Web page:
Why You Shouldn’t Say “Quit Acting like a Baby”

It’s 2020! Are you ready to kick some butt? Well, get off yours, quit crying like a baby, and do something already!

Oh dear, the motivation police have entered their peak season. I once appreciated this type of peer pressure from the grownup world of success. For a long time I believed that we just needed to stop crying and start doing.

The problem is, though, even after I listened to the big life coaches telling me to stop crying and act, I could not stop ruminating.

Disclaimer, I don’t necessarily think “stop crying, start moving” is bad advice, I think it’s wrong advice when we pair it with the “you’re acting like a baby” insult.

Maybe I’m a defensive mother but it’s a given that babies cry. Low-blow. It’s how they communicate because they lack complex ways of expression.

From my experience, babies may cry a lot but not much. What I mean by that is babies will usually cry often but not for excruciatingly long periods of time (unless there is a severe problem).

Let’s look at the most basic illustration:

Baby tries to stand up. Wobbles. Hits the ground. Cries. Two minutes later… Baby tries to stand up. Cycle repeats.

Baby may not express her frustration in an intelligent way, but baby is not afraid to express it. And just as soon as it is communicated outwardly to herself and her parent, the tears are dry. She’s confident enough to go on again.

By this model, I think we need to start acting like babies.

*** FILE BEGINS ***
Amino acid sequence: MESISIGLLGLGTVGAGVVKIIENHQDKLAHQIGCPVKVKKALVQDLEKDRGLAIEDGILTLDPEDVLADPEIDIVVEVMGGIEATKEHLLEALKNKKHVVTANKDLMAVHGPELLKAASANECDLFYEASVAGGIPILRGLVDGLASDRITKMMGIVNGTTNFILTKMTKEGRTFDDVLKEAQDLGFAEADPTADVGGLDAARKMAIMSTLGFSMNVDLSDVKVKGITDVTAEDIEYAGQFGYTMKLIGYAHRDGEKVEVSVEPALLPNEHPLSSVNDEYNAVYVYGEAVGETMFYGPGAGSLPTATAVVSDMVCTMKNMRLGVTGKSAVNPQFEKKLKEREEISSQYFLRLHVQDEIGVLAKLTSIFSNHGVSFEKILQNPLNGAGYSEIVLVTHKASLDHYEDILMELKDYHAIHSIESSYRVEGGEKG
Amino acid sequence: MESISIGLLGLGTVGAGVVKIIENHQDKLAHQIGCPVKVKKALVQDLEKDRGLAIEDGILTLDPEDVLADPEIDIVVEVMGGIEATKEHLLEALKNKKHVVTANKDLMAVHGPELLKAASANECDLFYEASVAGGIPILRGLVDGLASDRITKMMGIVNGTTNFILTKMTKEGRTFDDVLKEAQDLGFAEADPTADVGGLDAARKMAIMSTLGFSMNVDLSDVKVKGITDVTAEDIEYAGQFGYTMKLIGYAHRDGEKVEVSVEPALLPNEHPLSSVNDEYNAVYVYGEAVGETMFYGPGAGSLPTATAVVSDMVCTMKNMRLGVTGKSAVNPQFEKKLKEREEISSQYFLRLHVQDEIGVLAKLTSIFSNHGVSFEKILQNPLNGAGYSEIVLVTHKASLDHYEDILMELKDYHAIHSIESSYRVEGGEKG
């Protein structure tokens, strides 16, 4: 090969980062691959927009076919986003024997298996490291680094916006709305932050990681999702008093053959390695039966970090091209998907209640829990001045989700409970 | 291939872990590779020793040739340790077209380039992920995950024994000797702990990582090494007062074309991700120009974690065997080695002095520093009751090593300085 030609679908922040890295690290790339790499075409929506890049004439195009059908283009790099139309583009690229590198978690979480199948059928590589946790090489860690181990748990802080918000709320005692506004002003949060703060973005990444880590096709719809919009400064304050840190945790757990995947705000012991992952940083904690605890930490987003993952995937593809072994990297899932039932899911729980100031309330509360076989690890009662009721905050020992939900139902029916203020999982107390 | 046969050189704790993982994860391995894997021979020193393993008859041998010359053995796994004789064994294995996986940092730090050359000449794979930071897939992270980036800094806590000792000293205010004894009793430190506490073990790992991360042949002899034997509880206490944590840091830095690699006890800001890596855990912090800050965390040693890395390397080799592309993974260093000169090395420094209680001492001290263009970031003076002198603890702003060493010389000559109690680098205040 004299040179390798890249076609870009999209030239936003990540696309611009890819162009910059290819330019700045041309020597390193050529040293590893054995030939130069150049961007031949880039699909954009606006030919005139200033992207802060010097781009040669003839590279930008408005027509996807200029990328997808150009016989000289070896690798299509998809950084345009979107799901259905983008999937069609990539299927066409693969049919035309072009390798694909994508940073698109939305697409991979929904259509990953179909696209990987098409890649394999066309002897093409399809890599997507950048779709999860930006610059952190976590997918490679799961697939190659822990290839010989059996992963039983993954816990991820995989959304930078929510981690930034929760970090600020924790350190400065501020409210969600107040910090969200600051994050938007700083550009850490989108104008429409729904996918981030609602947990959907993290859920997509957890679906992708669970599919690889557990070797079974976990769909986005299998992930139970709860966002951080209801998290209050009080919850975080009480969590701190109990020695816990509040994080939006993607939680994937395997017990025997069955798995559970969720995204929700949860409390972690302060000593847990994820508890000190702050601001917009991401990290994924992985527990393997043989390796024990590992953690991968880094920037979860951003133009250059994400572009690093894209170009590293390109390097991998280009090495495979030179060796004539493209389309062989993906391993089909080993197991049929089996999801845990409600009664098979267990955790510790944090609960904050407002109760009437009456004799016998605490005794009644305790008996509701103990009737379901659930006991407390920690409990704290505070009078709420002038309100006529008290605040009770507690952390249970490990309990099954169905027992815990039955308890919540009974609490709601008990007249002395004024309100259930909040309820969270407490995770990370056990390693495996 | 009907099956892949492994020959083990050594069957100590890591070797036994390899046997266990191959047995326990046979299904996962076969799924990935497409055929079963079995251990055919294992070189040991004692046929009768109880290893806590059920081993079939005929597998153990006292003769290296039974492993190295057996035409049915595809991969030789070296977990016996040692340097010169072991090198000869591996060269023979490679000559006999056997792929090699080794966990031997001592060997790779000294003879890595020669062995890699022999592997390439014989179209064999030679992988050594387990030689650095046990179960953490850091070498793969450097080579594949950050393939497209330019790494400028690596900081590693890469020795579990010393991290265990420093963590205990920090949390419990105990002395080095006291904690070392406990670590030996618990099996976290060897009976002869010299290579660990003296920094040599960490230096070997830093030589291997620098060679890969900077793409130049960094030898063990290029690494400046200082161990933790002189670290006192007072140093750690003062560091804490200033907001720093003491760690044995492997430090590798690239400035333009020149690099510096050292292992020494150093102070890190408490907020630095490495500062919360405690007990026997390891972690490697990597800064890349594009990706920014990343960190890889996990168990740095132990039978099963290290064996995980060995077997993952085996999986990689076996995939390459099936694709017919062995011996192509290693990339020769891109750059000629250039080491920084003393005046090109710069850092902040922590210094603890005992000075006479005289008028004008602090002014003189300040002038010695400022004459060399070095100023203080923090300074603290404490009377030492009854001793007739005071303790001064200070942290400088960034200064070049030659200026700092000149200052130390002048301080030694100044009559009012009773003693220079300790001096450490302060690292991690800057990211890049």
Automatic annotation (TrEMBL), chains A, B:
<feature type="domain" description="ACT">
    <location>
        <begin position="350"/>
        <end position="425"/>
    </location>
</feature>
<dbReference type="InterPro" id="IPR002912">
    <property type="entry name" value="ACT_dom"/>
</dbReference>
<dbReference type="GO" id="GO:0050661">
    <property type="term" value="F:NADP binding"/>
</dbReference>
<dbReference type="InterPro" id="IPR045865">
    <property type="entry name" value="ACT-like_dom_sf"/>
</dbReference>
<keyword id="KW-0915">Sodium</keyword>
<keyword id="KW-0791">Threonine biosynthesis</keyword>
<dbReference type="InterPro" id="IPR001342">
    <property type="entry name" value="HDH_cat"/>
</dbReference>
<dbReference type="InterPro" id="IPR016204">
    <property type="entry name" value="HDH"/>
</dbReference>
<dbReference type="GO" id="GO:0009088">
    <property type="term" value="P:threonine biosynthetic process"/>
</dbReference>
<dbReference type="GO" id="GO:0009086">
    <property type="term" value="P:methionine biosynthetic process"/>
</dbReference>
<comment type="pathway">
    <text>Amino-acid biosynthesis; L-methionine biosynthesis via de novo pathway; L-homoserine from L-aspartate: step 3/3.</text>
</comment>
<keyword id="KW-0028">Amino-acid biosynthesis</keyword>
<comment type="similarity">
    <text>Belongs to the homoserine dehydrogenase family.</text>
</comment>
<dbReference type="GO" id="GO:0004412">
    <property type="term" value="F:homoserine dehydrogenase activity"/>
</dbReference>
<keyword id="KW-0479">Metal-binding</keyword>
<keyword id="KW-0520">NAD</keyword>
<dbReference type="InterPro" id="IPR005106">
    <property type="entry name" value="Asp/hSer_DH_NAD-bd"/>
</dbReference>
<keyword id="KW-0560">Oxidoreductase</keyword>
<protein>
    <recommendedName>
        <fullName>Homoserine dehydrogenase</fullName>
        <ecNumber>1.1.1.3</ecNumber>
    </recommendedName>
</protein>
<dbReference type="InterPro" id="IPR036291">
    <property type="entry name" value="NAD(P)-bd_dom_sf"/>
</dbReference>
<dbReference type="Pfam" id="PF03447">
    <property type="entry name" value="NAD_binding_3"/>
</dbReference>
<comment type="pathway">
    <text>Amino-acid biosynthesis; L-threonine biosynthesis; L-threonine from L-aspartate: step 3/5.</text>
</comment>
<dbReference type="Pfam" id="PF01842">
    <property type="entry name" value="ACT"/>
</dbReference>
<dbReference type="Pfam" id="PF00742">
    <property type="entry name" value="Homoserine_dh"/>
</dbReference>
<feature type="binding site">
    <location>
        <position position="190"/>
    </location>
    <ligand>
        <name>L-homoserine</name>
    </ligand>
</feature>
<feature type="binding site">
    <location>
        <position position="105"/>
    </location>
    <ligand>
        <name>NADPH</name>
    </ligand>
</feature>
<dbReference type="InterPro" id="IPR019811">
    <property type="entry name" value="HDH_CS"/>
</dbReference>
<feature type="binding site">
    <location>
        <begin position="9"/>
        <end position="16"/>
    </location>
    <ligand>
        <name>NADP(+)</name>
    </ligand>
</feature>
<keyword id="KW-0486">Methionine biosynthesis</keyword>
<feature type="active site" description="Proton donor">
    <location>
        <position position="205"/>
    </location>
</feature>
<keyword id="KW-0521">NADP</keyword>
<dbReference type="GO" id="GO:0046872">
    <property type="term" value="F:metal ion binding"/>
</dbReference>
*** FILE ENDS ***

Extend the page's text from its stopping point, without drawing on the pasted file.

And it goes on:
We need to recognize the angst and desperation that comes when we fail or when we hurt ourselves. We need to cry it out to the Lord, our Heavenly Father.

Instead, we suck it up to please the grownup world of success…until we are home. In our own home of disillusionment we cry for hours, even weeks and months and years about the same mistake because we wouldn’t release it in the moment.

Babies are teaching us something about crying frequently but briefly instead of crying rarely but prolonged.

Maybe we need to dumb it down because babies aren’t actually throwing major life fits. The big adult who lives in ego preservation refusing to let things go but still pretending everything is okay for the sake of “just doing it” is the one in a real fit.

Faking feelings blocks us from growing. Quit acting like an adult, my friend.

As adults, we pity-party our way into failure instead of baby-crying our way out of failure.

Watching my daughter attempt to defy the laws of gravity over and over is my biggest motivator right now. She’s determined to reach a new height regardless of her record 28 failures per hour.

There are things you and I want to do that defy the trajectory of our shortcomings.

To that, I say start acting like a baby.

Move, fall, cry for a minute and move again. 

Galatians 6:9
“Let us not become weary in doing good, for at the proper time we will reap a harvest if we do not give up.”

With love,
Mama X


Moxie (noun): force of character, determination, or nerve.

This is my fifth installation for Moxie Monday. I started Harvesting Hope as a way to contrast life struggles to the more powerful hope. I’ve found courage in sharing my story (see my early posts) and want to keep that going by sparking the flame in others. These Monday posts are motivational in essence to start off a great week!

Last here.

 

 

6 thoughts on “Why You Shouldn’t Say “Quit Acting like a Baby”

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